I have had a deep and abiding interest in language and linguistics for more than 40 years. Of particular interest to me is the evolution of language through time and, in reverse, an understanding of the ultimate proto-language. Every few years my interest will revive and I'll add to my already extensive collection of word-lists. Most recently I have been scavanging for words and phrases added to the English language since my birth in 1949. There are thousands and thousands!
At the opposite end of the timescale, I was excited to read the following article, The Evolution of the World's Alphabets and Other Symbols:
Writing systems may look very different, but they all use the same basic building blocks of familiar natural shapes, reports Roger Highfield ...Look at the letters in the words of this sentence, for example. Why are they shaped the way that they are? Why did we come up with As, Ms and Zs and the other characters of the alphabet? And is there any underlying similarity between the many kinds of alphabet used on the planet?
To find out, scientists have pooled the common features of 100 different writing systems, including true alphabets such as Cyrillic, Korean Hangul and our own; so-called abjads that include Arabic and others that only use characters for consonants; Sanskrit, Tamil and other "abugidas", which use characters for consonants and accents for vowels; and Japanese and other syllabaries, which use symbols that approximate syllables, which make up words. Remarkably, the study has concluded that the letters we use can be viewed as a mirror of the features of the natural world, from trees and mountains to meandering streams and urban cityscapes ... "Writing should look like nature, in a way," said Dr Changizi, explaining how similar reasoning has been used to explain the sounds, signs and colours that animals, insects and so on use to tell each other they are, for example, receptive to sex.
To be able to compare Cyrillic, Arabic or whatever, they turned to the mathematics of topology, which focuses on the way elements are connected together in a letter rather than overall shape, so that fonts do not matter and nor does handwriting, whether neat calligraphy or crudely written with a crayon grasped in a clenched fist. For example, each time you see a T, geometrical features and frills such as serifs may differ according to the font or handwriting but the topology remains the same. By the same token, L, T, and X represent the three topologically distinct configurations that can be built with exactly two segments. And, to a topological mind, an L is the same as a V. In this way, the team could classify different configurations of strokes, or segments, to boil an alphabet of alphabets down to their essentials.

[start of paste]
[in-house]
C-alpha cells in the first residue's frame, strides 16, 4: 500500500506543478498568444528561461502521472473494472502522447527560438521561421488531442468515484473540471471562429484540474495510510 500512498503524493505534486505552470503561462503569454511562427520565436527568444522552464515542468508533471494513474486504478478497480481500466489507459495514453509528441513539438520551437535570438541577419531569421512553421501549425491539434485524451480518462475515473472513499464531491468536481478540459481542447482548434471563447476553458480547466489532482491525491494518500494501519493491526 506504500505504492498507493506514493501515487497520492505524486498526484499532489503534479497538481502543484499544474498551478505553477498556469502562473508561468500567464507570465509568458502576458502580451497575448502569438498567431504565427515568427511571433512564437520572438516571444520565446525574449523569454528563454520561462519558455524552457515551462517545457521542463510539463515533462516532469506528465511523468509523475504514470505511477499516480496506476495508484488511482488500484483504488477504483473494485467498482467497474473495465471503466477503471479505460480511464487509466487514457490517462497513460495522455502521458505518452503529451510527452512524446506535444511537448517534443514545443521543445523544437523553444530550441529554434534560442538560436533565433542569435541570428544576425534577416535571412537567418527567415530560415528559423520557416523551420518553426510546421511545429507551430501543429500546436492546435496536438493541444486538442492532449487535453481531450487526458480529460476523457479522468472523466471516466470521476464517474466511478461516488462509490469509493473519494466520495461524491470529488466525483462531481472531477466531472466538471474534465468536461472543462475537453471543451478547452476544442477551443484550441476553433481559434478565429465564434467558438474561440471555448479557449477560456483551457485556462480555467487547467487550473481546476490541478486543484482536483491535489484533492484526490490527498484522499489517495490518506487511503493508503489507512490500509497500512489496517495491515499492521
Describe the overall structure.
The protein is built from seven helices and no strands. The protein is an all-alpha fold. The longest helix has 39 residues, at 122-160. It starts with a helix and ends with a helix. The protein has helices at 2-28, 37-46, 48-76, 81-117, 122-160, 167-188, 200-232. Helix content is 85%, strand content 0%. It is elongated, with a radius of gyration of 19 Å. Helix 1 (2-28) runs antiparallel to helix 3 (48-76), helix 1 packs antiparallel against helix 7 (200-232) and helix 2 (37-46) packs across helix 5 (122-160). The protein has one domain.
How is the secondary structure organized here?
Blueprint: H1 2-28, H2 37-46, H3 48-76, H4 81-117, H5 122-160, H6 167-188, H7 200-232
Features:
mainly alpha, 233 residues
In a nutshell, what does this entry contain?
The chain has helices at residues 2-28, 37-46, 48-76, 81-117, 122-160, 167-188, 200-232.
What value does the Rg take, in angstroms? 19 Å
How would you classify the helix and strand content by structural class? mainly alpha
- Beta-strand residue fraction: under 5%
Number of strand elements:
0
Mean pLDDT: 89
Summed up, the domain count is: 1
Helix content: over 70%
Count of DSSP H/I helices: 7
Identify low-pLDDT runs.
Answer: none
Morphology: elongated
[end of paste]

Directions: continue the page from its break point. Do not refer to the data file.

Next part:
Across 115 writing systems to emerge over human history, varying in number of characters from about 10 to 200, the average number of strokes per character is approximately three and does not appear to vary as a function of writing system size. Sticking to letters that can be drawn with three strokes or fewer, the team found that about 36 distinct characters is the universe of letters in a theoretical alphabet. Remarkably, the study revealed regularities in the distribution of (topological) shapes across approximately 100 phonemic (non-logographic) writing systems, where characters stand for sounds, and across symbols. "Whether you use Chinese or physics symbols, the shapes that are common in one are common in the others," said Dr Changizi ... Most striking of all, the team found a high correlation between the most common contour combinations found in nature and the most common contours found in letters and symbols across cultures. For example, contours resembling an "L" or "X" are more common in both human visual signs and natural scenes than anything resembling an asterisk (*) ... "
Playland In Spring
I have once again updated my Plamegate and Niger Forgery Chronology. The latest 170-page version is available on the left sidebar, dated April 17.
The latest filings in the Libby case have thrown up a few interesting nuggets, as did the Sunday Times reporting on Martino (although much was already known through Josh Marshall and Nur al-Cubicle). In addition, I have added an extensive bibliography in two forms (alphabetical by author, and chronological).
The Folks Behind The Bush Catastrophe
How about this for an opening:
With huge torrents of cash from Richard Mellon Scaife, the Ahmanson family and other super-rich ultra-rightists, the fundamentalist church has formed the popular network that has spawned the Bush catastrophe. The totalitarian alliance between pulpit, corporation and military is unique in U.S. history.
With contempt for the Constitution, and unholy opposition to separation of church and state, ultra-rich ultra-right preachers like Pat Robertson and Jerry Falwell, self-proclaimed messiahs like Rev. Moon, and sanctimonious errand boys like Ralph Reed and Grover Norquist, have turned America into a “Christo-fascist” empire whose twice-unelected executive claims Divine right to rule.
Not a bad start, eh? The rest of it is just as much fun. Bob and Harvey tell it like it is.
This week's revelations in court papers filed by Special Prosecutor Patrick Fitzgerald have prompted me to update my Plamegate and Niger Forgery Chronoloy.
The updated document can be downloaded from the link on the left sidebar. There are quite a few new and updated entries, marked in red.
I still have a whack of material to get through and so I anticipate another edition at the end of this coming week.